Kuang need not look far from publishing for stimulus; cultural appropriation and claims of false ancestry abound in the academic community. High-profile cases include Rachel Dolezal, Andrea Smith, and most recently Elizabeth Hoover, an anthropologist at UC California Berkeley, who apologized in May for her false claims of Mohawk and Mi’kmaq descent. One email to June from an editorial assistant reads, “In this current climate, readers are bound to be suspicious of someone writing outside of their lane.”

Yellowface is at times more interested in this current climate than the story it’s telling. June and Athena become larger than themselves, no longer specific characters but representations of white privilege and silenced victim. They fluctuate between real and unbelievable, and besides June, no other living character is physically present for much of the book. It makes sense to know that Kuang began drafting Yellowface during the pandemic lockdowns of 2021. There is little interpersonal conflict at least until the end; crises unfold mostly though emails, text messages, social media updates, and blogs posts. Kuang keenly portrays the anarchy of the online realm, and the funny way publishing still clings to Twitter. Watching the unraveling reputational disaster that June brings down on herself has the addictive dread of doomscrolling late at night.

Kuang is often didactic in a book that reads like a modern parable. June’s hypocrisy and privilege are so ugly that it’s difficult to sympathize with her: she dons the image of an Asian American author when it suits her and sheds it to claim reverse racism when it backfires. Yellowface is at its best when characters are in the room together and the drama is personal. Flashbacks to Yale reveal Athena as a vulture for suffering, stealing from June’s experiences for her stories à la Bad Art Friend. Writers do the necessary work of looking at and expressing the horrors that others cannot fathom, June claims. But fiction does not vanish the real pain.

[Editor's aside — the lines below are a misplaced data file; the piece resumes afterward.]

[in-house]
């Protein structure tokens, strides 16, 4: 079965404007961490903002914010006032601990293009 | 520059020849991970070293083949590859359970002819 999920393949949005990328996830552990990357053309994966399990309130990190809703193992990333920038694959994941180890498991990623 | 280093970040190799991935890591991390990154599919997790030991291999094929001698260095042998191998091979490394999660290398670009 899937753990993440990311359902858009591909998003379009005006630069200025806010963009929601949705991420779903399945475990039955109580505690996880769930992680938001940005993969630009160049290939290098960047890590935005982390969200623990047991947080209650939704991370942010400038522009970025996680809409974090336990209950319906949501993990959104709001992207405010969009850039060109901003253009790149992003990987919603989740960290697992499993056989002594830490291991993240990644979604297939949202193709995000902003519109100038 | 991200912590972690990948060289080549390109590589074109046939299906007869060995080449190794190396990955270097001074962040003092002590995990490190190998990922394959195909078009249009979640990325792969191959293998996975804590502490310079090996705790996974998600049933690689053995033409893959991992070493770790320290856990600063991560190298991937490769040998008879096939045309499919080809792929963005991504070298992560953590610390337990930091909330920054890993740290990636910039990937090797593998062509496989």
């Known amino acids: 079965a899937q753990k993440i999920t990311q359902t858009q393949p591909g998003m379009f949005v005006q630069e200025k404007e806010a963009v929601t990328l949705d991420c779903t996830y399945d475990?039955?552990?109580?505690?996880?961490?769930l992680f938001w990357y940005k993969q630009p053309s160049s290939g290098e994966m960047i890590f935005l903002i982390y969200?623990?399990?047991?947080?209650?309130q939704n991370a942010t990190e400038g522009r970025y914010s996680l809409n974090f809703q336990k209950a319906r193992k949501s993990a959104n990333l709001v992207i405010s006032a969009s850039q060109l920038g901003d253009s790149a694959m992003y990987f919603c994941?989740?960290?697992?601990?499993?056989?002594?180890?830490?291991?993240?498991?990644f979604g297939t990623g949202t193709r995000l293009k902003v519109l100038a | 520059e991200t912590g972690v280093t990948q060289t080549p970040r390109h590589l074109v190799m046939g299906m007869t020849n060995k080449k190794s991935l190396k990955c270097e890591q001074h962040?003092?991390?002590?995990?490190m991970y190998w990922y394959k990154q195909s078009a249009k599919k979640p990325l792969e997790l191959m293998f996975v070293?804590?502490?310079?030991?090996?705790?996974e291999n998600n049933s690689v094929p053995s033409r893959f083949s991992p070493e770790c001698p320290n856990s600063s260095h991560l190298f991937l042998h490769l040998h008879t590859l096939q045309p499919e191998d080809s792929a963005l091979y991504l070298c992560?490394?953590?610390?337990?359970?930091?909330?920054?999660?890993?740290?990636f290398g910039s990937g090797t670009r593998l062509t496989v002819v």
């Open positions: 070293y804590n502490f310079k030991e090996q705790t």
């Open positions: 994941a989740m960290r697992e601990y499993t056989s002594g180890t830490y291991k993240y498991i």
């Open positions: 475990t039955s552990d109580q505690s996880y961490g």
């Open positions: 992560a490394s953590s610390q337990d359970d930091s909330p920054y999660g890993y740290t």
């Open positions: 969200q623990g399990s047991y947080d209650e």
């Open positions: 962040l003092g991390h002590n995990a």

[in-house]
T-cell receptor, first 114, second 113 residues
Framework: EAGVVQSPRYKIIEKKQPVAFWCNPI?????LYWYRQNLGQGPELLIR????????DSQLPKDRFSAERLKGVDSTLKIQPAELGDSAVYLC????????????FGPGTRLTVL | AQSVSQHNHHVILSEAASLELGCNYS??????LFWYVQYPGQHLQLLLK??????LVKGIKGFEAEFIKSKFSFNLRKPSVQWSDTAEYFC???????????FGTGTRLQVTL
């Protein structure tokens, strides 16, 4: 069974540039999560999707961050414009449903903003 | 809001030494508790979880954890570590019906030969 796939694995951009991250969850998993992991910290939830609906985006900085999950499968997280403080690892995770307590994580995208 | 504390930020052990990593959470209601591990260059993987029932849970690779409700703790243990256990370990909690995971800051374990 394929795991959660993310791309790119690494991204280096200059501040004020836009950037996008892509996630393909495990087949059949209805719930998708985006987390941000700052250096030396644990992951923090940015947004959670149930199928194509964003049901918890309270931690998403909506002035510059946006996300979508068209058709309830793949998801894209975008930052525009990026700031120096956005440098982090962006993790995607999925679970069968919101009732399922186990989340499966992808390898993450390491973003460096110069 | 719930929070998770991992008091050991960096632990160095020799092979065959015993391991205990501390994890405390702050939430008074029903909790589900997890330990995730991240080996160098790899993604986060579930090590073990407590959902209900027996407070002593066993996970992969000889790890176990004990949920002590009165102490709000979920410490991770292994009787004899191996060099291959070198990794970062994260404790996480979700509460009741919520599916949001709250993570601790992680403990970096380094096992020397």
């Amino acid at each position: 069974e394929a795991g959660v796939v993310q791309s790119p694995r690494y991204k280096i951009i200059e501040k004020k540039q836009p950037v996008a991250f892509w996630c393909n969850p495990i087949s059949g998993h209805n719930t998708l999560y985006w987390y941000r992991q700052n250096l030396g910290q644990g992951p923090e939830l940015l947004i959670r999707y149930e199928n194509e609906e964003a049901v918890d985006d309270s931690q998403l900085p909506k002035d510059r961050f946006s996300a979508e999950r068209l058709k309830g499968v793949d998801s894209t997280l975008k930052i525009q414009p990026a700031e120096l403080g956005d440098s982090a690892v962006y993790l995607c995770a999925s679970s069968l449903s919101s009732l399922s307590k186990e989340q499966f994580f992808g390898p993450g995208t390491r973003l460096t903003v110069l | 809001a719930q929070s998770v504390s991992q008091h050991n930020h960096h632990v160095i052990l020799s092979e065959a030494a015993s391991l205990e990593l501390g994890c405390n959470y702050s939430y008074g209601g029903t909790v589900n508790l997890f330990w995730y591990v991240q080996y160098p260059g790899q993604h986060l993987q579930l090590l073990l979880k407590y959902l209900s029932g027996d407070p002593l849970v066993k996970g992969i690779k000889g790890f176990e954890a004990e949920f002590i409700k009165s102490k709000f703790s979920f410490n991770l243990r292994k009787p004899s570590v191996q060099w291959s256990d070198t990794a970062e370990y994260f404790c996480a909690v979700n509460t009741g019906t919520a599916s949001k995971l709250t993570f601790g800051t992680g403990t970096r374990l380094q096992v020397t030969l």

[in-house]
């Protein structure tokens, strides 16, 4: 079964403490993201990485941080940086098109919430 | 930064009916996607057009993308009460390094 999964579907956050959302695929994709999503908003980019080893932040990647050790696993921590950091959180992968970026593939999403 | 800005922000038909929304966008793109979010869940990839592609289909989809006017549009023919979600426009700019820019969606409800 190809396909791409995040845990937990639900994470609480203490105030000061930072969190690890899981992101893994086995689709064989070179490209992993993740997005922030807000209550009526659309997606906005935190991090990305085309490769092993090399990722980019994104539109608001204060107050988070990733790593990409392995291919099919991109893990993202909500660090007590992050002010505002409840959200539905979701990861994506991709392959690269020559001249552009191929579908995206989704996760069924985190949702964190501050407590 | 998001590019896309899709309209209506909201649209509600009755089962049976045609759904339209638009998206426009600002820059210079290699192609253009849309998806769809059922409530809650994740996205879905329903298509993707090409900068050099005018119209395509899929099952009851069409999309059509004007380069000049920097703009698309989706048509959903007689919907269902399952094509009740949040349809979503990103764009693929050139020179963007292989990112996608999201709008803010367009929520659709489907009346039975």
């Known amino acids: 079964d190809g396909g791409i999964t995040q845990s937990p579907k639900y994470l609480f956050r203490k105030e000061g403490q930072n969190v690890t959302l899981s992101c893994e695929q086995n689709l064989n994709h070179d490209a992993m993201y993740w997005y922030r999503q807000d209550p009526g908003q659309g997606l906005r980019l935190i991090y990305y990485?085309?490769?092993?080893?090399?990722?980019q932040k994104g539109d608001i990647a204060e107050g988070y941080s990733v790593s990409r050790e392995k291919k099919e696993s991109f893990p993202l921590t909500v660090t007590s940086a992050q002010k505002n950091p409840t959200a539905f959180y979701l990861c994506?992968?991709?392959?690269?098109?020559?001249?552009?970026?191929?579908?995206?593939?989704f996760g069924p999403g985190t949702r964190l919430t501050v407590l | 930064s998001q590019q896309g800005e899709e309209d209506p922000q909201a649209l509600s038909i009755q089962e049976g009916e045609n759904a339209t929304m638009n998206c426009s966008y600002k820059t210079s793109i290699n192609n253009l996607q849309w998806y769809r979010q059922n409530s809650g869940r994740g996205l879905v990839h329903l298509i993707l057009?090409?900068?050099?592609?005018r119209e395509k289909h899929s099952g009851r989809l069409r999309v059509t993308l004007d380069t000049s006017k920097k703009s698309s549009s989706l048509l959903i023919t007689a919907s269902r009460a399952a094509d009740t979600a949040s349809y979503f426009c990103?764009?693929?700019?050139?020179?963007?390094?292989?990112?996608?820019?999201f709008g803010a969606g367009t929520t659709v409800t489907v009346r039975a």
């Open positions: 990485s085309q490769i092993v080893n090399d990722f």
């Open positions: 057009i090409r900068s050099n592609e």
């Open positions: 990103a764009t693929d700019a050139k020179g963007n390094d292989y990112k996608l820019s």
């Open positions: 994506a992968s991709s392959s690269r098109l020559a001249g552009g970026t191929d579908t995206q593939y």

Although Yellowface is set up as a dialectic on cultural appropriation, it is difficult to become invested in Kuang’s commentary when it is distracted by the novel’s premise. Much of the book orbits a false center: the discourse around cultural appropriation assumes that June wrote The Last Front. But the novel is not merely June’s attempt to emulate the voice of a Chinese writer; it is the literal theft of the voice of a Chinese writer. In Yellowface, June’s plagiarism is the more severe and urgent crime while her success on the back of cultural appropriation is a kind of double damage. Her exploitation of Athena, not Chinese history, is the secret that destroys her psychologically and professionally. That the novel was about Chinese laborers at all was circumstantial—June happened to steal from Athena, who happened to be writing it. There is a confounding disconnect between Yellowface’s earnest attempt at a conversation about cultural appropriation and the trigger of the plagiarized manuscript. Whenever the reader might waver about June’s guilt in manipulating and profiting from Chinese history, they can be comforted by the moral backup argument: June stole the manuscript. Kuang’s prudence here feels uncertain and curtails the argument of the book. I wonder if Yellowface might have been sharper if June had written The Last Front by herself. Everyone knows that plagiarism is wrong. Throughout the novel, Kuang seems drawn to other more ambiguous, insidious types of stealing that artists practice and the trails of harm they leave. I wanted to follow her there but was derailed by a heist plot.